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Open Access Highly Accessed Research article

Gene expression patterns associated with blood-feeding in the malaria mosquito Anopheles gambiae

Ali N Dana1, Young S Hong13, Marcia K Kern1, Maureen E Hillenmeyer1, Brent W Harker1, Neil F Lobo1, James R Hogan1, Patricia Romans2 and Frank H Collins1*

  • * Corresponding author: Frank H Collins frank@nd.edu

  • † Equal contributors

Author affiliations

1 Center for Tropical Disease Research and Training, Department of Biological Sciences, University of Notre Dame, Notre Dame, IN 46556, USA

2 Department of Zoology, University of Toronto, Toronto, ON M5S 3G5, Canada

3 Department of Tropical Medicine, Tulane University, New Orleans, LA 70112, USA

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Citation and License

BMC Genomics 2005, 6:5  doi:10.1186/1471-2164-6-5

Published: 14 January 2005

Abstract

Background

Blood feeding, or hematophagy, is a behavior exhibited by female mosquitoes required both for reproduction and for transmission of pathogens. We determined the expression patterns of 3,068 ESTs, representing ~2,000 unique gene transcripts using cDNA microarrays in adult female Anopheles gambiae at selected times during the first two days following blood ingestion, at 5 and 30 min during a 40 minute blood meal and at 0, 1, 3, 5, 12, 16, 24 and 48 hours after completion of the blood meal and compared their expression to transcript levels in mosquitoes with access only to a sugar solution.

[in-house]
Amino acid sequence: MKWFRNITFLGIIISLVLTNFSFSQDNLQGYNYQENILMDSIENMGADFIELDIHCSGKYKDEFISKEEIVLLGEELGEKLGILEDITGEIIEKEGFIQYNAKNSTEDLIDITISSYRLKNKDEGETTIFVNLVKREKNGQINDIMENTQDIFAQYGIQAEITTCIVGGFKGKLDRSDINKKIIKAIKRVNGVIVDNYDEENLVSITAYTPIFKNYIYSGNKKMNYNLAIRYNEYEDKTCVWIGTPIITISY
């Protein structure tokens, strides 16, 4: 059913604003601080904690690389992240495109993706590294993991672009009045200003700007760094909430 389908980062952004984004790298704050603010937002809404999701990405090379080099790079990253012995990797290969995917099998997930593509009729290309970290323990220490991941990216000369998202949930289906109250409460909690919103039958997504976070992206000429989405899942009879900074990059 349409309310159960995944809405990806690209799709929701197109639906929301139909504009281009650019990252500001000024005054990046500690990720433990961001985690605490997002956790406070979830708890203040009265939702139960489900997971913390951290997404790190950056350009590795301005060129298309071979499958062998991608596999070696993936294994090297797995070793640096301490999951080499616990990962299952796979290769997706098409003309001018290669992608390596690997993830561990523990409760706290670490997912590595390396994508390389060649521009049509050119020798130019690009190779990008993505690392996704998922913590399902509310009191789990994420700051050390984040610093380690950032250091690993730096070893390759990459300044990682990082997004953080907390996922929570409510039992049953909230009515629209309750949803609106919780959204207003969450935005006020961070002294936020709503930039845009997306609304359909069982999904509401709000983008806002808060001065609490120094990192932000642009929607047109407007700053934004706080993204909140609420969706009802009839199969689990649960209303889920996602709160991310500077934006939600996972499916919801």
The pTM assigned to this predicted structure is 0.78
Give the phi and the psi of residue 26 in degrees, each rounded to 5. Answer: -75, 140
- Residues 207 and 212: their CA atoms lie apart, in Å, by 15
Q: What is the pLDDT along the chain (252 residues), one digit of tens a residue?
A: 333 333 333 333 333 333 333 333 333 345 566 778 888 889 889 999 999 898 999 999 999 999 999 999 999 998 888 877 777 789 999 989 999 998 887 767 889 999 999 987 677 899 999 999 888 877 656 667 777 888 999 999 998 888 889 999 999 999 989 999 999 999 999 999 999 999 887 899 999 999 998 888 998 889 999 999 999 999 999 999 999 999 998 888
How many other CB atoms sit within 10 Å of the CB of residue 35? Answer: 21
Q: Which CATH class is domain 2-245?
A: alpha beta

Results

In blood-fed mosquitoes, 413 unique transcripts, approximately 25% of the total, were expressed at least two-fold above or below their levels in the sugar-fed mosquitoes, at one or more time points. These differentially expressed gene products were clustered using k-means clustering into Early Genes, Middle Genes, and Late Genes, containing 144, 130, and 139 unique transcripts, respectively. Several genes from each group were analyzed by quantitative real-time PCR in order to validate the microarray results.

Conclusion

The expression patterns and annotation of the genes in these three groups (Early, Middle, and Late genes) are discussed in the context of female mosquitoes' physiological responses to blood feeding, including blood digestion, peritrophic matrix formation, egg development, and immunity.